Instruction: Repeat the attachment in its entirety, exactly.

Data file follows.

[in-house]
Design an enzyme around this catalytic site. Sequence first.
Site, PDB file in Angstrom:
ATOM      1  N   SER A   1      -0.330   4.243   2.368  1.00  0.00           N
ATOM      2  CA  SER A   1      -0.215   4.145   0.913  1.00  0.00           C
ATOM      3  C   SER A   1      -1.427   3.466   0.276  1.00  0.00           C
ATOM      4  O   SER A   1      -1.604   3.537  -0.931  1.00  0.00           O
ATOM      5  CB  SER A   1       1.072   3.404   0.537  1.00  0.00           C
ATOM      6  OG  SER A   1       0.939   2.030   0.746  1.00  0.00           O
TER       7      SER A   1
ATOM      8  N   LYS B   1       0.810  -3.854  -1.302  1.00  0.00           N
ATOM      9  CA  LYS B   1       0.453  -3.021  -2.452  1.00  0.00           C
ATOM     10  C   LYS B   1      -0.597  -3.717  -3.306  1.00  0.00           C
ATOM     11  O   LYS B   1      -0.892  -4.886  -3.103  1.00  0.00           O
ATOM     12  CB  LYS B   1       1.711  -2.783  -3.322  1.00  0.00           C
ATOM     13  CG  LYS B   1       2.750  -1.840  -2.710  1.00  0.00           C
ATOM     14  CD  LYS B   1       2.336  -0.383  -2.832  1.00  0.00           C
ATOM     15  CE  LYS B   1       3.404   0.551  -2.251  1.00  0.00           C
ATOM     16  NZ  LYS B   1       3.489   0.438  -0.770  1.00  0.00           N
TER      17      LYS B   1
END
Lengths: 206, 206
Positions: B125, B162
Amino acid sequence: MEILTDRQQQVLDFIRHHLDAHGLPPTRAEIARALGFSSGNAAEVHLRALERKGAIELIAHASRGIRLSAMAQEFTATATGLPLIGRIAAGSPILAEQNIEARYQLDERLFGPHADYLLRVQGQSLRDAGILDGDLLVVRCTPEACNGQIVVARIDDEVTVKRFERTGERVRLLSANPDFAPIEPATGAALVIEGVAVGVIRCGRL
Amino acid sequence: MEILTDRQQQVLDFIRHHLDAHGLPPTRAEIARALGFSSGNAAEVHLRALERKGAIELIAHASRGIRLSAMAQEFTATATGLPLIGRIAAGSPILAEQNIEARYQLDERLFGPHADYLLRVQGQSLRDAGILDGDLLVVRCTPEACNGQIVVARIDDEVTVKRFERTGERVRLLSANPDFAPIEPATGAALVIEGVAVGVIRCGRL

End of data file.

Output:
[in-house]
Design an enzyme around this catalytic site. Sequence first.
Site, PDB file in Angstrom:
ATOM      1  N   SER A   1      -0.330   4.243   2.368  1.00  0.00           N
ATOM      2  CA  SER A   1      -0.215   4.145   0.913  1.00  0.00           C
ATOM      3  C   SER A   1      -1.427   3.466   0.276  1.00  0.00           C
ATOM      4  O   SER A   1      -1.604   3.537  -0.931  1.00  0.00           O
ATOM      5  CB  SER A   1       1.072   3.404   0.537  1.00  0.00           C
ATOM      6  OG  SER A   1       0.939   2.030   0.746  1.00  0.00           O
TER       7      SER A   1
ATOM      8  N   LYS B   1       0.810  -3.854  -1.302  1.00  0.00           N
ATOM      9  CA  LYS B   1       0.453  -3.021  -2.452  1.00  0.00           C
ATOM     10  C   LYS B   1      -0.597  -3.717  -3.306  1.00  0.00           C
ATOM     11  O   LYS B   1      -0.892  -4.886  -3.103  1.00  0.00           O
ATOM     12  CB  LYS B   1       1.711  -2.783  -3.322  1.00  0.00           C
ATOM     13  CG  LYS B   1       2.750  -1.840  -2.710  1.00  0.00           C
ATOM     14  CD  LYS B   1       2.336  -0.383  -2.832  1.00  0.00           C
ATOM     15  CE  LYS B   1       3.404   0.551  -2.251  1.00  0.00           C
ATOM     16  NZ  LYS B   1       3.489   0.438  -0.770  1.00  0.00           N
TER      17      LYS B   1
END
Lengths: 206, 206
Positions: B125, B162
Amino acid sequence: MEILTDRQQQVLDFIRHHLDAHGLPPTRAEIARALGFSSGNAAEVHLRALERKGAIELIAHASRGIRLSAMAQEFTATATGLPLIGRIAAGSPILAEQNIEARYQLDERLFGPHADYLLRVQGQSLRDAGILDGDLLVVRCTPEACNGQIVVARIDDEVTVKRFERTGERVRLLSANPDFAPIEPATGAALVIEGVAVGVIRCGRL
Amino acid sequence: MEILTDRQQQVLDFIRHHLDAHGLPPTRAEIARALGFSSGNAAEVHLRALERKGAIELIAHASRGIRLSAMAQEFTATATGLPLIGRIAAGSPILAEQNIEARYQLDERLFGPHADYLLRVQGQSLRDAGILDGDLLVVRCTPEACNGQIVVARIDDEVTVKRFERTGERVRLLSANPDFAPIEPATGAALVIEGVAVGVIRCGRL